Some evidence exists that probiotics may help treat some medical conditions, such as helping to ease symptoms of irritable bowel syndrome (IBS).[ii] IBS has been estimated to affect around 10-15% of the European population[iii], which explains the marked increase in the size of the probiotics market, both in Europe and globally. In 2022, the global market for probiotics was valued at more than $2.5 billion, with forecasts predicting an increase of 8% CAGR over the next ten years[iv]. Bacteria such as Streptococcus thermophilus and Lactobacillus delbrueckii subsp. bulgaricus play a key role in the fermentation of skyr. However, what makes skyr unique is the use of yeast during the fermentation process and the presence of rennet. This complex mix of enzymes assists with the digestion of cow’s milk (although not all manufacturers still include this ingredient).


Another benefit of both skyr and Greek or traditional yoghurt is their reduced lactose content, with 90% of the lactose removed due to the withdrawal of whey protein. As a result, skyr is fairly well tolerated by consumers with mild lactose intolerance. The global lactose-free dairy market size was valued at $11.45 billion in 2021 and is projected to reach $24.36 billion by 2031[v]. This increase in demand serves as evidence of a rise in lactose intolerance, representing yet another argument in favour of adding skyr to your product portfolio.


Skyr: an in-vogue culinary ingredient


In addition to skyr’s health benefits and use as a low-calorie aid to weight loss, this Nordic speciality is also building a reputation as a gastronomic and stylish alternative to traditional yoghurt.


A gastronomic product


This is not least on account of its rich and creamy texture. There is no better advertisement for the appeal and versatility of skyr as a culinary ingredient than its extensive use by Michelin-star Icelandic chef, Agnar Sverrison. Known more familiarly as Aggi, the chef draws inspiration from his Icelandic roots, using skyr in dishes ranging from barley dip to ice creams and baked skyr parfait[vi]. When at home, he likes to keep things a little simpler; pairing the delicious dairy product with fresh fruit or muesli for a healthy, high-protein breakfast.


This cultured Icelandic yoghurt is therefore incredibly versatile, whether you are a seasoned chef keen to experiment with new textures and flavours, or a healthy eating enthusiast searching for a substitute for cream, butter, or other less healthy dairy products.


This enthusiasm for healthy products that can be integrated into different recipes represents a viable route to market for producers of dairy products. In some countries, skyr is already available off the shelf as a mousse, for example in Norway. The versatility of this product means that, in many countries, areas of the market remain untapped.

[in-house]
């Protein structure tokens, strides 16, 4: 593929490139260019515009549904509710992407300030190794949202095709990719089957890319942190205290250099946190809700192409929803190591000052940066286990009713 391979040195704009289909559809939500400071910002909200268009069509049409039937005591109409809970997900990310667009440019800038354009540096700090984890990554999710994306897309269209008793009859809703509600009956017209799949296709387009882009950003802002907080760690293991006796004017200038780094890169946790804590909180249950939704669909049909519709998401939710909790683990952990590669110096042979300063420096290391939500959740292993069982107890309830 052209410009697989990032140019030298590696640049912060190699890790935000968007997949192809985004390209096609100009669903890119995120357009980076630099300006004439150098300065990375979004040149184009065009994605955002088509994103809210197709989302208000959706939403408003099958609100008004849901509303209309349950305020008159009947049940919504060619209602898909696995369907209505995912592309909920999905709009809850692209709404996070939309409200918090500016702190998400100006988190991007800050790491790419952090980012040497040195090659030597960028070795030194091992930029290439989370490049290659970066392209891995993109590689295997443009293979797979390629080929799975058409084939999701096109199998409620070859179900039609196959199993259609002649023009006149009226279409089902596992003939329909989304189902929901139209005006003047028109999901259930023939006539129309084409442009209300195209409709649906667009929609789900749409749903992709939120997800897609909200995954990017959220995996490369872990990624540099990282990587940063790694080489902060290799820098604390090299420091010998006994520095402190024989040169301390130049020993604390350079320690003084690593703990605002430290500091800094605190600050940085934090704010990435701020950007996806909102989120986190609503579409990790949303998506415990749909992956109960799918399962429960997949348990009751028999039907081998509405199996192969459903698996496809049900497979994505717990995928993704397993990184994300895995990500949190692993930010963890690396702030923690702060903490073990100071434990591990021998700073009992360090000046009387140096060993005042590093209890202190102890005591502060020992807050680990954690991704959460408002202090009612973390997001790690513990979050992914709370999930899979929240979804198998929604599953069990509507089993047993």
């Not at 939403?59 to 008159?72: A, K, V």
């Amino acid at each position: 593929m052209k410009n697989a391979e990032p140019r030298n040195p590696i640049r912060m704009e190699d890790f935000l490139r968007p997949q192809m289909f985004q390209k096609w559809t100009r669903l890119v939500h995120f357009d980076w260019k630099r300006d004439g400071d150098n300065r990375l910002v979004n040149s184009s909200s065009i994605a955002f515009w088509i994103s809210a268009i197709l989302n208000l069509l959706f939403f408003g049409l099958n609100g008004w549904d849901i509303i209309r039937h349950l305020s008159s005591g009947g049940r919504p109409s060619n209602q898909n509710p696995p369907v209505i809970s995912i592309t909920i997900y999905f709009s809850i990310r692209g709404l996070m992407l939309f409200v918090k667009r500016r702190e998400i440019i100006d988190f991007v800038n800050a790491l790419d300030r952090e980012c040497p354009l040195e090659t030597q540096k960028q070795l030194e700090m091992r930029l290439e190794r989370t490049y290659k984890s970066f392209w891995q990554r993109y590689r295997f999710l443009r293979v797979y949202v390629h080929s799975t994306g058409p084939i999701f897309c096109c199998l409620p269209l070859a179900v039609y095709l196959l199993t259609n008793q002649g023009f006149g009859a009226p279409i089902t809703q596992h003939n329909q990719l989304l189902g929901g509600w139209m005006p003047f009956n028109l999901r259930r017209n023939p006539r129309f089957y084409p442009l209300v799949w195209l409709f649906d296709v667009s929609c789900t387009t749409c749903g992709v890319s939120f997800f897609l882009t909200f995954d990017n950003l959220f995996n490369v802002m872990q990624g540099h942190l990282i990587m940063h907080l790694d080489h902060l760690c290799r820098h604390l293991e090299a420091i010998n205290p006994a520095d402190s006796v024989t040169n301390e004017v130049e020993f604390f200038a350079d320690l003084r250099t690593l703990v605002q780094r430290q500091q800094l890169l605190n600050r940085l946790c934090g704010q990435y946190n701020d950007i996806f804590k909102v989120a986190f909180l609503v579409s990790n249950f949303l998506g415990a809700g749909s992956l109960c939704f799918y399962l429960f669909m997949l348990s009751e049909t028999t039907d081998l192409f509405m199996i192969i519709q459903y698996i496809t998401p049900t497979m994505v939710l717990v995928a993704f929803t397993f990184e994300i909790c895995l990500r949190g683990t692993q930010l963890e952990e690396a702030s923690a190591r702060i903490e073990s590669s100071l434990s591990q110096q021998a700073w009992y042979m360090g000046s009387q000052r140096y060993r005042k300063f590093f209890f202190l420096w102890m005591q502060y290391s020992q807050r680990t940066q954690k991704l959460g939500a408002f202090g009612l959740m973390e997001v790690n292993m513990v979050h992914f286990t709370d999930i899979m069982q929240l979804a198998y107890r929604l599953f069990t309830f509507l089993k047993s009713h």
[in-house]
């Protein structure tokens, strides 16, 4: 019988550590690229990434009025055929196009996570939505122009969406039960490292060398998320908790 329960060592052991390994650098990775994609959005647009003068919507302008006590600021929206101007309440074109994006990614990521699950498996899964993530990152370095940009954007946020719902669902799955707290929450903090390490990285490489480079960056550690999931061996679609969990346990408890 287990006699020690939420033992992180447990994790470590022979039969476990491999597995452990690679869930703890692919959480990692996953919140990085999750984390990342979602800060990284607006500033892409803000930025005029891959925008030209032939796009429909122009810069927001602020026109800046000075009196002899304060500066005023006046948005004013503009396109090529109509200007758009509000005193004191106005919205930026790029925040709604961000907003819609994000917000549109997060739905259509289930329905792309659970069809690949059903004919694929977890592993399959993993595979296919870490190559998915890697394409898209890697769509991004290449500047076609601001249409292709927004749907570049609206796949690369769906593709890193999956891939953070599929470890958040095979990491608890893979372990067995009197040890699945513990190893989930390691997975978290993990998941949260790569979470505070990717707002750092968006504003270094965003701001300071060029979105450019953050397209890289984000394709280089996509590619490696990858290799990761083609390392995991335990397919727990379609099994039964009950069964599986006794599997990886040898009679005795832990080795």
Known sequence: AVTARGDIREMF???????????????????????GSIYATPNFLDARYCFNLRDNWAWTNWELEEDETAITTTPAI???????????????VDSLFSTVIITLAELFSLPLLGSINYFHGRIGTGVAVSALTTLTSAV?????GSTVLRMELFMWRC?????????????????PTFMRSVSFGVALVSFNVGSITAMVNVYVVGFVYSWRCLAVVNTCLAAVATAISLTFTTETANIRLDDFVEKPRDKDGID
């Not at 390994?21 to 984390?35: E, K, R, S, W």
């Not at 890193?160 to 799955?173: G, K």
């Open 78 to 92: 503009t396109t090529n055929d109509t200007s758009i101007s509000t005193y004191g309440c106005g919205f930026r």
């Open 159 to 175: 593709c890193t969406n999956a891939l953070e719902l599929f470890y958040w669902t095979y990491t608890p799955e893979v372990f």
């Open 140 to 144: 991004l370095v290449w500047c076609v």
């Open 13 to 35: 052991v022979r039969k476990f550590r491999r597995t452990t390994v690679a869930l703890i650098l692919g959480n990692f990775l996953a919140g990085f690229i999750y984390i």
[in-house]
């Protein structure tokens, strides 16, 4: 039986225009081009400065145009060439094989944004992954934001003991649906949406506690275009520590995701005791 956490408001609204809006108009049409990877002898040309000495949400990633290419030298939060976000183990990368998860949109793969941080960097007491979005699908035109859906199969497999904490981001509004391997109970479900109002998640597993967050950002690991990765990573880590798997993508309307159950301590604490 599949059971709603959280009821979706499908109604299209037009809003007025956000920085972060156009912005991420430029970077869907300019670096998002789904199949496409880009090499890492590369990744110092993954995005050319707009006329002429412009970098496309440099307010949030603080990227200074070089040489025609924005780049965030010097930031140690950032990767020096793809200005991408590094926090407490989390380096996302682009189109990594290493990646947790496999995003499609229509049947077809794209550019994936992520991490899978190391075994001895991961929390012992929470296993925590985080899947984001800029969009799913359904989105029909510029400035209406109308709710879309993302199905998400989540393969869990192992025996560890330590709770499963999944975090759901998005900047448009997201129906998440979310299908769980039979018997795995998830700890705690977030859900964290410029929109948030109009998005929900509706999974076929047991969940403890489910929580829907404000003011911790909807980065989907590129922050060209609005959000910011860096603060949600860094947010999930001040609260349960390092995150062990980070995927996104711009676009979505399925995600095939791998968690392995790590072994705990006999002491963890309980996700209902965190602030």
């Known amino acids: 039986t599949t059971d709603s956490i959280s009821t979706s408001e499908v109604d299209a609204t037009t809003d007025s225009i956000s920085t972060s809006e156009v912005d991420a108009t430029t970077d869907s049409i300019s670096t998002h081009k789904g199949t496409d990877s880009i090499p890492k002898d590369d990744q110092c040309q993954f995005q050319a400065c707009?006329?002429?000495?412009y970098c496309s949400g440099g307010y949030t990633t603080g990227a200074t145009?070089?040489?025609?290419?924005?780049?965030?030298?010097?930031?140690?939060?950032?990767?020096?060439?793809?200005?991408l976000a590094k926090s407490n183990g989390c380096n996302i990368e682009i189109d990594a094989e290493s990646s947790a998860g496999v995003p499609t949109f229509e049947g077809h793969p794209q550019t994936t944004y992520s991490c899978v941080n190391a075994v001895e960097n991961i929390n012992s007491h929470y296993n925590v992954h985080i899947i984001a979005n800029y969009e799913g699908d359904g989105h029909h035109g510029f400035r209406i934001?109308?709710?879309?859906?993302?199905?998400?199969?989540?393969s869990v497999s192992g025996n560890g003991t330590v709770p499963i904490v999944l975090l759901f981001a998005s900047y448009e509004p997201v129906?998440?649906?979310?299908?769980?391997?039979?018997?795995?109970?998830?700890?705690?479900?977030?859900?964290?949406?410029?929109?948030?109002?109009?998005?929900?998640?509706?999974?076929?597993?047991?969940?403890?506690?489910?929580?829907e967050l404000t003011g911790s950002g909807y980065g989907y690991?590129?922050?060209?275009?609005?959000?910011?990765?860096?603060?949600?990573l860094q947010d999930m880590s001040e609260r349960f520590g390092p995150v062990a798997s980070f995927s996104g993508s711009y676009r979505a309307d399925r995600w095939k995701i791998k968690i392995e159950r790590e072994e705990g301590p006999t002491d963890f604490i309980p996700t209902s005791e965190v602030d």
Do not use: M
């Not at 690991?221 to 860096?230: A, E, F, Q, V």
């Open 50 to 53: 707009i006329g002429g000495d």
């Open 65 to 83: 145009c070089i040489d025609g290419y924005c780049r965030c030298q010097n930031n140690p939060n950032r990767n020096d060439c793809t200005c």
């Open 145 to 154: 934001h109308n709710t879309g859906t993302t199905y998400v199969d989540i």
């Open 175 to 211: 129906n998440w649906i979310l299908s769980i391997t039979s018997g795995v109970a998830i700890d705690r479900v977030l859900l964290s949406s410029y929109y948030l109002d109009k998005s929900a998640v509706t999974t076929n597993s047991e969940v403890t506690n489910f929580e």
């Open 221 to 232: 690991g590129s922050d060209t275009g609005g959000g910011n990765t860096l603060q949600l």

Appealing to the health-conscious consumer with clean products, and clean labelling


Modern consumers are now extremely ‘label aware’. The desire to increase nutrient intake while avoiding added sugar has an ever-growing impact on the purchase decision. Furthermore, consumers are rejecting chemical ingredients such as E-additives. This is where the “clean label” comes into play. Although there is no official certification or logo, the Clean Label is becoming established within the agri-foods industry as a means to demonstrate that the selection of ingredients and production methods have been adapted to fulfil certain criteria:


  • The avoidance of unnecessary additives and preservatives
  • Respect for the environment
  • Fair payment to producers
  • Animal welfare
  • Transparency for the consumer regarding ingredients, production methods, product origin etc.


Participation in the clean label scheme is voluntary, however, it is becoming an established trend. As a producer of dairy proteins, we can supply skyr-compatible products that will help you to adhere to clean label values without compromising on product quality. Our proteins can help you produce products that are ‘clean’ and yet do not compromise on flavour or texture. They also tick every box with regard to ethical production. We work with local family farms, meaning we can monitor breeding and grazing practices. Furthermore, our proteins are mechanically extracted. This avoids the use of chemicals in line with consumer expectations. The dairy industry is evolving, and Ingredia Proteins can make sure that you don’t get left behind.


High added-value proteins such as Promilk® could help improve recipes.